Born Elaine Rita Brimberg in New York City in 1921, Elaine Dundy grew up under the thumb of her tyrannical father who forbade her to leave New York. Undeterred, she saved enough money for a trip to Paris where she hoped to start her acting career. The career was not to be as Dundy herself concedes when she then moves to London as she watched others rise to great cultural heights and, for the men she knew, become the iconic Young Angry Men of the 1950s. After the birth of her daughter Tracy (who has recently published a book on her parents) Dundy’s ambitions in film and television were finished. Then a career in writing came a-calling.

Dundy and Rhys were born into affluence and whose creative lives were significantly shaped by highly influential male literary types; Dundy by her husband the leading theatre critic of the day Kenneth Tynan and Rhys by her erstwhile lover and benefactor Ford Madox Fox. In fact, their literary careers were said to be spurred by the men. The Dud Avocado, Dundy’s first novel, was written at the behest of her husband. Typical of sexist assumptions about women’s creative abilities, he didn’t think it would amount to much beyond being written. For Tynan would be deeply resentful of Dundy’s critical success following the publication of the novel. ‘You weren’t a writer when I married you, you were an actress’ he said to her angrily. Yet appraisals from other famous men flowed in, the great comic Groucho Marx said it made him ‘laugh, scream and guffaw’. Who said women couldn’t do comedy? Gore Vidal offered his word of encouragement, “You’ve got one thing a writer needs: You’ve got your own voice. Now go” while Ernest Hemingway praised her book for having characters who “all speak differently” unlike, self-deprecatingly, his own.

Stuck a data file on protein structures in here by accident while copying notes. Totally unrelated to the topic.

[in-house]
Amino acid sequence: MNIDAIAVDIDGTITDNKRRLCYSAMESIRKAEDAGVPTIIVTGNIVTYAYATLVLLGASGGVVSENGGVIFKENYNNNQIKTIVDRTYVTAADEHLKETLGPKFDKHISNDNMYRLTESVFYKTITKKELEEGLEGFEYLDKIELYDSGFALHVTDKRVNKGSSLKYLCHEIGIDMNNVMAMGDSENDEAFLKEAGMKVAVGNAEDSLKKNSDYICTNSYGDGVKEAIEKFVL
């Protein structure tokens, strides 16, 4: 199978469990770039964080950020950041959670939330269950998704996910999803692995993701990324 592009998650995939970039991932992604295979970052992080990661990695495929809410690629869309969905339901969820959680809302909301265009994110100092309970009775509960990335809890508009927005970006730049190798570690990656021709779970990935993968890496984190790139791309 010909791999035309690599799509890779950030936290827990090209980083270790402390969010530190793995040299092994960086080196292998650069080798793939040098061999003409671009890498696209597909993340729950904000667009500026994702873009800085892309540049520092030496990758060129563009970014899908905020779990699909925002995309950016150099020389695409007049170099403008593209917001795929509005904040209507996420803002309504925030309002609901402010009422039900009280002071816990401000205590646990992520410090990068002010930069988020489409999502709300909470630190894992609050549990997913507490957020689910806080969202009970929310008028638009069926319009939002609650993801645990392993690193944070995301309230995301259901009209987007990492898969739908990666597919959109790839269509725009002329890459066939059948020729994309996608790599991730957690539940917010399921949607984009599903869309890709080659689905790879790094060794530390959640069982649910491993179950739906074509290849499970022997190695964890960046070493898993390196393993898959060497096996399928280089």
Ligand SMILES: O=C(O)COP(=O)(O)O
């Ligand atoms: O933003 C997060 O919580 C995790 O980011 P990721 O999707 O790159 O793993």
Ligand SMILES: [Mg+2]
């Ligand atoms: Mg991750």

When we are introduced to Sally Jay Gorce, pink-haired and dressed in an evening dress in the morning because all of her day wear is in the laundry, it is too easy to think: quirky and adorkable. Easily compared to Holly Golightly, Sally Jay embarks on a metropolitan adventure to run away from a dull American life and a mission to be an actress. Her French is good enough and she gravitates towards other elite Americans in Paris. The meaning of ‘dud avocado’ only becomes apparent in the end of the novel when [spoiler alert!], our witty heroine corrects a would-be paramour on the nature of the ‘Typical American Woman’. Full of misfired charm, he creepily described the typical American woman as having ‘a hard center with the tender meat all wrapped up in a shiny casing’ like an avocado and ‘so green – so eternally green’. Well, having a mind of her own she won’t meet his expectations then. She resigns to simply being a dud avocado as she sips her cocktail.